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i. Barton states, “Ultimately, any exercise in extravagant stewardship involves risk. In the Parable of the Talents, the bottom line for the wicked and unfaithful steward was that he was risk averse. This steward let his flesh, feelings, and unhealthy fears immobilize him (Matthew 25:24-25). Multiplying resources requires letting go.
Numbers of the Bible”
The number one is for God. We must begin with number one or we cannot have number two or any other number. Mathematically speaking we cannot get anywhere without the number one. We must begin with God.
The number two is for man. Man as an individual. God made man and Christ is “called the second man.”
Three is the number for the Trinity. God is a triune God; Father, Son and Spirit. The atmosphere, which we live in, is a trinity of oxygen, hydrogen and nitrogen. The tabernacle was a trinity with its court, holy place, and Holiest of Holies.
The first chapter of Revelation is full of trinities of Truth.
V. 2 – The Word of God, The testimony of Jesus, All things that He saw.
V. 3 – Read, Hear and Keep.
V. 4 – Which is, Which was, and Which is to come.
V. 5 – The Faithful Witness, The First begotten of the dead, The Prince of the kings of the earth.
V.5, 6 – Loved us, Washed us, Made us kings and priests.
V. 7 – Every eye shall see him, They also which pierced him, All kindreds of the earth.
V. 9 – Tribulation, Kingdom, Patience
V. 18 – I am He that liveth, Was dead, Alive for evermore.
V. 19 – Things seen (Past), Things which are (Present), Things which shall be (Future).
Who would dare to contradict the trinity as these Ten appear in one chapter alone, chapter one of Revelation. Certainly no Spirit filled believer or student of scripture would not affirm its validity.
Four is the number of humanity as a whole. There were four men in the Ark, four men in the fiery furnace, four on the mount of Transfiguration. The four points of the compass comprise the whole of humanity in all the earth.
Five is the number for grace – grace accepted or grace rejected. There are five wise and foolish virgins.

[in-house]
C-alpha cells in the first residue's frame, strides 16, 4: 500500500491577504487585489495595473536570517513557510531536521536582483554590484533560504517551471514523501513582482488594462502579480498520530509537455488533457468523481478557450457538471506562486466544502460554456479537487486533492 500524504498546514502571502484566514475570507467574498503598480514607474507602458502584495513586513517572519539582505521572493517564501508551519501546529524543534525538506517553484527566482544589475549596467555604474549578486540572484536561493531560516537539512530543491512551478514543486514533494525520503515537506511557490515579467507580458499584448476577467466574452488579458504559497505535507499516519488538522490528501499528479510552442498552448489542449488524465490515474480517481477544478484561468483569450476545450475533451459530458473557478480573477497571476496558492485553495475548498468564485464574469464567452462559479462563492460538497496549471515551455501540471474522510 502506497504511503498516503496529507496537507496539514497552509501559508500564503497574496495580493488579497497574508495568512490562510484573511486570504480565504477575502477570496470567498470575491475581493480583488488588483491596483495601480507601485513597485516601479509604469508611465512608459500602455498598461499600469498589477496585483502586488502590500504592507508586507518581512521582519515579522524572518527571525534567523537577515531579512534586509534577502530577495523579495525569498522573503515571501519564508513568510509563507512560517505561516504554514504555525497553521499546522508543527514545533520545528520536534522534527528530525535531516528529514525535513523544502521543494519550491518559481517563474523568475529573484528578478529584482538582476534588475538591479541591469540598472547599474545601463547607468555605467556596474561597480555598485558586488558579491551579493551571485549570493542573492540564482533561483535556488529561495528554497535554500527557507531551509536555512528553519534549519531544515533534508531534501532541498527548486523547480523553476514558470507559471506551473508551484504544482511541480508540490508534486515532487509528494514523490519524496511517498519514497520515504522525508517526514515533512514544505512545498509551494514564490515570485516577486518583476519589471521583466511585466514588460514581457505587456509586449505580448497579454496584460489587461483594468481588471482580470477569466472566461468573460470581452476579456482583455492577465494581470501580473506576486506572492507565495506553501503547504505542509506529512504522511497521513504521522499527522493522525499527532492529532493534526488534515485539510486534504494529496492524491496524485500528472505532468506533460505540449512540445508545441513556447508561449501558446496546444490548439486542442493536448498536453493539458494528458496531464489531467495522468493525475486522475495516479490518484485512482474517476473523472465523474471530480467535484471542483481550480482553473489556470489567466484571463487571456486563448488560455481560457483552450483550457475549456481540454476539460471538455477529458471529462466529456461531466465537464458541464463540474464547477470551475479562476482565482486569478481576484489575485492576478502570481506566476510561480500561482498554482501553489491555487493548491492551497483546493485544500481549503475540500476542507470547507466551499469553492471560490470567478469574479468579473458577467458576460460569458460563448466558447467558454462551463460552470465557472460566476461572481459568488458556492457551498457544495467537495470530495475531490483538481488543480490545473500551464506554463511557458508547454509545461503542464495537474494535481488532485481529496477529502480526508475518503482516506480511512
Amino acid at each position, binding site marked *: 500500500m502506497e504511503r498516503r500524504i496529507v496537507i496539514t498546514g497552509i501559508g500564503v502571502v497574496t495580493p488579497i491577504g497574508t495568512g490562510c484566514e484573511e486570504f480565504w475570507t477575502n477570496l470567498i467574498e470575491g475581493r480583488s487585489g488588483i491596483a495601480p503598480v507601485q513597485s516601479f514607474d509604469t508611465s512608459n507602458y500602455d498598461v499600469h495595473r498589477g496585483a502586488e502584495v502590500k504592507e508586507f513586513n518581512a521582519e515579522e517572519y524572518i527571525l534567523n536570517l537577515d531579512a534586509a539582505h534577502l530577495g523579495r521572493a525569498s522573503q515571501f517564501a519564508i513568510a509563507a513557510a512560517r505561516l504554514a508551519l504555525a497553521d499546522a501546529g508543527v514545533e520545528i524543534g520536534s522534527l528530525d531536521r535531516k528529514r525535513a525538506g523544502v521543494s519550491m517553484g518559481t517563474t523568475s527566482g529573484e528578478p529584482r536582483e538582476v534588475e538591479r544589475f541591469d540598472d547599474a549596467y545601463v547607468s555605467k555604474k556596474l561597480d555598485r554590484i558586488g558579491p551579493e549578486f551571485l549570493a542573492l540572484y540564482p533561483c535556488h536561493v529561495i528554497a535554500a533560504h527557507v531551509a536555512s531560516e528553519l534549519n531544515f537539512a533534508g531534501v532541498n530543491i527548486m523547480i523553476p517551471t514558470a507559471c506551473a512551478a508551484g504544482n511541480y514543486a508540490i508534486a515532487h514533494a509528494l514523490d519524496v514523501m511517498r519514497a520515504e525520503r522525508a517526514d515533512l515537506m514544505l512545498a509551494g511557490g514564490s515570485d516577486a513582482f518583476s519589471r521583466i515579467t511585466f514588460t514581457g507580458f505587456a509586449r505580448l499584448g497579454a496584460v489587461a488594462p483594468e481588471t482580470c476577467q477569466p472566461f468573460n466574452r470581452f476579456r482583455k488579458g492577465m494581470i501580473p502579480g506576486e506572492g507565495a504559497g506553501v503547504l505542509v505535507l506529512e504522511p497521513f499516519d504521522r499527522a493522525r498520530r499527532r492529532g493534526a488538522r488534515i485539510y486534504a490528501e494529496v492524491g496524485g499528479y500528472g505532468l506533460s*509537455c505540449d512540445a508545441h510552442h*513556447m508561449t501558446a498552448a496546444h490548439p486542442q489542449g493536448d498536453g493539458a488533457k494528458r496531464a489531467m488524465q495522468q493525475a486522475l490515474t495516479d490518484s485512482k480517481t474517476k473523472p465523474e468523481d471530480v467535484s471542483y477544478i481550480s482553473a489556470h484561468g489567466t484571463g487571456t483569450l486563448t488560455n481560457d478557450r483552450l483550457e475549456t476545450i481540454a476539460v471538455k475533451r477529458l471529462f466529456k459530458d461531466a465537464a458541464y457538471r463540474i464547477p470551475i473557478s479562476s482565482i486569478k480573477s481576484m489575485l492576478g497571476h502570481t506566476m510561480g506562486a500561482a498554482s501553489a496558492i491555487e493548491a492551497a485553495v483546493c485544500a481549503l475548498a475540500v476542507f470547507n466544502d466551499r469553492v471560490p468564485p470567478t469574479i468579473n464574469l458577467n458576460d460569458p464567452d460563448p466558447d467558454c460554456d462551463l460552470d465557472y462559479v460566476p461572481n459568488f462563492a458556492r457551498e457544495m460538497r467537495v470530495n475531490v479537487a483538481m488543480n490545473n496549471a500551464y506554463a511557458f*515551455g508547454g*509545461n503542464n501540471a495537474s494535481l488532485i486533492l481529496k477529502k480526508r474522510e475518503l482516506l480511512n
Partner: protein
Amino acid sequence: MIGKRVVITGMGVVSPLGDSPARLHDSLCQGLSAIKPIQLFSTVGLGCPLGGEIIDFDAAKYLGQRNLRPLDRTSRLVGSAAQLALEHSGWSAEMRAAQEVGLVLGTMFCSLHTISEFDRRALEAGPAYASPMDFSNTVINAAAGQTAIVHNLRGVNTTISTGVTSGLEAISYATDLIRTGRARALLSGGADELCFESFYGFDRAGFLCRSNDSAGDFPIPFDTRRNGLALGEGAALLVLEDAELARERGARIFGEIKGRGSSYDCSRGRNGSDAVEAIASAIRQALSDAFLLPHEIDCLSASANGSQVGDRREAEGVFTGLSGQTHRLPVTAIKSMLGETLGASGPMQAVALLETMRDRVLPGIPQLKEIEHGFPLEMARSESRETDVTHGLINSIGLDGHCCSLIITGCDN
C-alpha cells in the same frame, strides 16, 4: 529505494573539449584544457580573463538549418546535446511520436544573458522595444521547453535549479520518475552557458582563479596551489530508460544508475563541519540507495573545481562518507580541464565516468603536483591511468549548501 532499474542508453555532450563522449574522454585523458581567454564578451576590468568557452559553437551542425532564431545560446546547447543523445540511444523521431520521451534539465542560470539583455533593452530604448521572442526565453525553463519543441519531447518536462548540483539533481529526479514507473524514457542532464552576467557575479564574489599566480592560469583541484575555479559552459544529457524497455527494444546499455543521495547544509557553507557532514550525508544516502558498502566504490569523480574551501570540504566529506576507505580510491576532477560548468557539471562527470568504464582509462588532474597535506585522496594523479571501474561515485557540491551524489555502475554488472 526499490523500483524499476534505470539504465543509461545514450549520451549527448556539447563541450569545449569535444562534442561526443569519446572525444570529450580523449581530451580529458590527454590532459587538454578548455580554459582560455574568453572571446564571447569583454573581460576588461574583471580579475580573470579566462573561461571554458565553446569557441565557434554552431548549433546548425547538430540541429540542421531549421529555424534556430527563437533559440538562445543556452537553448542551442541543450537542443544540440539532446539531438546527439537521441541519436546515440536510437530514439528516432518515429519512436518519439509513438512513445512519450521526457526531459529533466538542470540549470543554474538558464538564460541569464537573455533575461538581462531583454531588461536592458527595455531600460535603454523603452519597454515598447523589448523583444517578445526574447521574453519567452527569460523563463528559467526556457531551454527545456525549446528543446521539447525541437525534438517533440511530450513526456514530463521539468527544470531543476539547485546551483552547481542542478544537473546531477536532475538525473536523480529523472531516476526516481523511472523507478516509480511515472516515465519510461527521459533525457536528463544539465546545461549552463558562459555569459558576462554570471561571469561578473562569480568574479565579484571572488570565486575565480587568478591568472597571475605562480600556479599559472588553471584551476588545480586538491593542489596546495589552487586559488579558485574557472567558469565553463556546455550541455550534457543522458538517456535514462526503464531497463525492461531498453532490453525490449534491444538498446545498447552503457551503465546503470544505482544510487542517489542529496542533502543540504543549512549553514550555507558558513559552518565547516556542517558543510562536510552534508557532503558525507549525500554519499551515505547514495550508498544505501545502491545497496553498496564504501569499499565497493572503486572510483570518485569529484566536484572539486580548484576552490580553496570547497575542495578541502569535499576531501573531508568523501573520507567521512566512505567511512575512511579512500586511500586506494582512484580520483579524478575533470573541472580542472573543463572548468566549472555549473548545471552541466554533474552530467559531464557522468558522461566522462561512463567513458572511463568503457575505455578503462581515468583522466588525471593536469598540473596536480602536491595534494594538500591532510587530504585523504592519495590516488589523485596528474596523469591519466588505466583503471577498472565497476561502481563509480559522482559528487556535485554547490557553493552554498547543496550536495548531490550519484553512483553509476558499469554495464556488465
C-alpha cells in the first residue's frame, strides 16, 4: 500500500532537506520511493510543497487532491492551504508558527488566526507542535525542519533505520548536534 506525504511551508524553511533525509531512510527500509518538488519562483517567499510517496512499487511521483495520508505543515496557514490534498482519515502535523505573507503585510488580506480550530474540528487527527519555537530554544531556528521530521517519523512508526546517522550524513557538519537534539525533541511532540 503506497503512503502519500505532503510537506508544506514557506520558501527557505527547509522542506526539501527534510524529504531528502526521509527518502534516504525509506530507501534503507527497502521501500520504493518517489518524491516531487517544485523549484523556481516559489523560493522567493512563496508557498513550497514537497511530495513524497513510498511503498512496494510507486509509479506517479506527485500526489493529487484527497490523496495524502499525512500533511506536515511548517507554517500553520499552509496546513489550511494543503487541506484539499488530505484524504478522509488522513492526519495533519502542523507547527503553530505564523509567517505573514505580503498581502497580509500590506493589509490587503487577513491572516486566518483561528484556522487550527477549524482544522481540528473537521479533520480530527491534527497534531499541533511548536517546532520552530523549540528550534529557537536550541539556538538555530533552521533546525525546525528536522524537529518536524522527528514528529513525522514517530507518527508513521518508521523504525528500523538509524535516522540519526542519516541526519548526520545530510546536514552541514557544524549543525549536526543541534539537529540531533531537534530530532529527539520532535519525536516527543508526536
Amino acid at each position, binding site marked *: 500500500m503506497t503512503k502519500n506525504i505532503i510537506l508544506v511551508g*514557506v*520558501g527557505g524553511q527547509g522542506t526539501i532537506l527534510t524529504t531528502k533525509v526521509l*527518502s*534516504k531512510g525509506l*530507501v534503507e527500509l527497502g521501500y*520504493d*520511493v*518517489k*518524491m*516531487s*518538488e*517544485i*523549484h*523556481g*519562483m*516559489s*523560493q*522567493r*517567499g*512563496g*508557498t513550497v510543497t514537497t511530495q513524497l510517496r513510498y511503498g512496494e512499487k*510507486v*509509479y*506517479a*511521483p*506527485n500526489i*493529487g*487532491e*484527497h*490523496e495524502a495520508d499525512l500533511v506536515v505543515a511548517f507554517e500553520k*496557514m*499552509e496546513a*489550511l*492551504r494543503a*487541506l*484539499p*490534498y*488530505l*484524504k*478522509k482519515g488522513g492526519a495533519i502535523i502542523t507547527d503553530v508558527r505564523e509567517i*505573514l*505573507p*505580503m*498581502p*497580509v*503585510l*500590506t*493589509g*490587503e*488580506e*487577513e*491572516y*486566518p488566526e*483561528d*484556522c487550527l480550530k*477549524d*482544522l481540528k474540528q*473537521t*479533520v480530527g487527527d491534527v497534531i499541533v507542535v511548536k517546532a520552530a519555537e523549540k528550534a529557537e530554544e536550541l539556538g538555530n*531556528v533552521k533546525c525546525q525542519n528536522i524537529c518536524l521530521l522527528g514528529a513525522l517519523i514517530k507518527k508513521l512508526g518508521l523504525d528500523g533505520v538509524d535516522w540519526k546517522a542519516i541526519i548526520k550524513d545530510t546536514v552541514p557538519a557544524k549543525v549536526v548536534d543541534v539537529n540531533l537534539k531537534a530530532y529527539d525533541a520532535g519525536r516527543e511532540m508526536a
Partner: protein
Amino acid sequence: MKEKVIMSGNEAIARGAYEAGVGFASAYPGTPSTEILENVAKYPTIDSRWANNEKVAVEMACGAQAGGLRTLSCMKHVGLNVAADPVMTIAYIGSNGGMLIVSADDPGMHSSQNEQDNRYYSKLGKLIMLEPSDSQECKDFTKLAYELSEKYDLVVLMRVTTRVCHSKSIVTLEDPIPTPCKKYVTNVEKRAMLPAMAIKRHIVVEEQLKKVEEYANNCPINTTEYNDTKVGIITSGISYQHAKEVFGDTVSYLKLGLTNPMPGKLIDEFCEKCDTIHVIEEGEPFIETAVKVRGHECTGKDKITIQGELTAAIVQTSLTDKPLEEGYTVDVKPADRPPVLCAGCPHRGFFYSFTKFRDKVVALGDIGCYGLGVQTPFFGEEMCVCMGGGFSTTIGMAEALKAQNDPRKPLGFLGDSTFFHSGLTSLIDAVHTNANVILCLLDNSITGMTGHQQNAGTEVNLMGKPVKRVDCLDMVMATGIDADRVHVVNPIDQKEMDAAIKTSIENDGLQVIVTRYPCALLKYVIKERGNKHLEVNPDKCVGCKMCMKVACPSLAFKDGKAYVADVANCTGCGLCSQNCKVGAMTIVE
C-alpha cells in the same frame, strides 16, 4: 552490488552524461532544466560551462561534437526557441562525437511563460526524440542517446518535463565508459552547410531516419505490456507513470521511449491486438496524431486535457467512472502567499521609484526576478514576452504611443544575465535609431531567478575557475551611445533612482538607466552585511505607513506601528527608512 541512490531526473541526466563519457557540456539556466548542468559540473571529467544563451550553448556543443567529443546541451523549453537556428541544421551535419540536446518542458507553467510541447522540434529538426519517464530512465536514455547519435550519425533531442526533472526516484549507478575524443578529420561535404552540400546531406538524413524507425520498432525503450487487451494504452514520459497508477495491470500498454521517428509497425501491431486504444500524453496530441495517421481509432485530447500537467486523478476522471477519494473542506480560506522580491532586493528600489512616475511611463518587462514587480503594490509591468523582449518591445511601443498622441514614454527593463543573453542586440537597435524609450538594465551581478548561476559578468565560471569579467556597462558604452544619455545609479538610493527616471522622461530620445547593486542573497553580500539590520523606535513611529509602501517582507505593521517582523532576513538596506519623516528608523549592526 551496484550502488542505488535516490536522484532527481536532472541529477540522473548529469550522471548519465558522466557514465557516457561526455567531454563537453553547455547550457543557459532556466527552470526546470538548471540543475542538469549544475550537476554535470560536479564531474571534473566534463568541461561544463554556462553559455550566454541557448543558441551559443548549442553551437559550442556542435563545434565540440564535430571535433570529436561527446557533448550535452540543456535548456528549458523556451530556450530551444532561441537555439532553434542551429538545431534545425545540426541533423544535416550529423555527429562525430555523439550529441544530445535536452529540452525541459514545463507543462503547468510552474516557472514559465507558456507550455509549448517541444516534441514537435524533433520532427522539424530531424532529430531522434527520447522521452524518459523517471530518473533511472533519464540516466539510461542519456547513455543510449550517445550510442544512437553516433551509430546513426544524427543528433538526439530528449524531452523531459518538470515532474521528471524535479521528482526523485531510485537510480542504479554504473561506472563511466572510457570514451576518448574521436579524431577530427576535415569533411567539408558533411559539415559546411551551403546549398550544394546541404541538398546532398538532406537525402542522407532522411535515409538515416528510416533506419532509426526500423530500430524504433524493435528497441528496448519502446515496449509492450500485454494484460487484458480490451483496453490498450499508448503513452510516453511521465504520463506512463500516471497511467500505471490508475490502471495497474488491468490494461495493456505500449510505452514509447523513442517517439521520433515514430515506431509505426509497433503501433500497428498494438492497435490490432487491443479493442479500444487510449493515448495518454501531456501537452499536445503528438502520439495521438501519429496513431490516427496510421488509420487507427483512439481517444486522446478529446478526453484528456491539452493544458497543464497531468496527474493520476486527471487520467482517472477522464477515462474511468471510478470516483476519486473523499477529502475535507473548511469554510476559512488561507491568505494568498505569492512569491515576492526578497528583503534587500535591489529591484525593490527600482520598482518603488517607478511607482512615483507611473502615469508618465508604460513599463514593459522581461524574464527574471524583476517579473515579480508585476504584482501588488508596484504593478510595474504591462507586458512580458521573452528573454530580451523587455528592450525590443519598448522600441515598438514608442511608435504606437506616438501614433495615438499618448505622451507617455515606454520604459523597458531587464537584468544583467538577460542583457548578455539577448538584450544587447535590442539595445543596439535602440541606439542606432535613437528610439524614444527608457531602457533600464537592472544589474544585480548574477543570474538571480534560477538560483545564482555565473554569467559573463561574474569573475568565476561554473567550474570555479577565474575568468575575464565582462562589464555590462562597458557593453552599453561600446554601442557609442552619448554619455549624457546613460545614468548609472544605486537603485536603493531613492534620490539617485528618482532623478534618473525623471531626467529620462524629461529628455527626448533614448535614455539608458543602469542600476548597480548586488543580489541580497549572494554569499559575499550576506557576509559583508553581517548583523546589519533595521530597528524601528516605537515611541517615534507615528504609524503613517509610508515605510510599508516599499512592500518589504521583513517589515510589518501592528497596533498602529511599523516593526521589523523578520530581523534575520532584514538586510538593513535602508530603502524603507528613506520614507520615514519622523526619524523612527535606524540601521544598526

The number six is the number for evil. A man with six toes and six fingers is called a wicked man in the Bible. Nebuchadnezzra’s image was sixty feet high and six feet in circumference and six musical instruments called the people to worship. The number for the Anti-Christ is six hundred sixty-six. This is set forth the trinity of evil, the climax of wickedness, and the culmination of iniquity. There can not be anything worse than 666.
Seven is the number for perfection. This number is frequently mentioned in scripture: seven churches, seven stars, seven heads, seven horns, seven eyes, seven Spirits of god, the seven branches of the candlestick.
In Judges, the seventh book of the Bible, there are seven departures from God; seven times the people repented and seven times Jehovah delivered his people from their enemies.
Eight is the number for that which is New. There are eight beatitudes which set forth something entirely new. Everything good in this sinful world owes its presence and existence to the Word of God. The resurrection of Christ and of many of the saints took place on the eighth day. Here indeed and in truth was something new.
Ten is the number of completeness. Jacob’s wages were changed ten times, which sets forth complete disappointment outside the will of God and his Promised Land. Eliezer, the servant, took ten camels with him when he started from home in order to obtain a bride for Isaac. God gave his people Ten Commandments. Daniel and his three friends were proved ten days and at the end of the test were ten times better than the others. Christ gave the parable of the ten pounds and ten talents. Christ healed ten lepers. The dragon of Daniel and Revelation had ten horns, which represent ten kings. The tenth or the tithe is the Lord’s.
The world famous Polish piano maestro, Ignace Paderewski, had been invited to appear at one of the great music centers of New York. It was a very formal evening with everyone wearing tuxedos and evening gowns. In the audience was a lady who brought her little boy along for the concert. She thought that if he could hear Paderewski play the piano, the experience might spur him on to practice piano a little more each day after school.
As they were waiting for the performance to begin, the mother turned to talk to some friends, and the little boy managed to wiggle out of his seat and headed down the aisle. He quietly made his way up the steps and across the stage to the piano stool. He climbed up on the bench and began to play "chopsticks."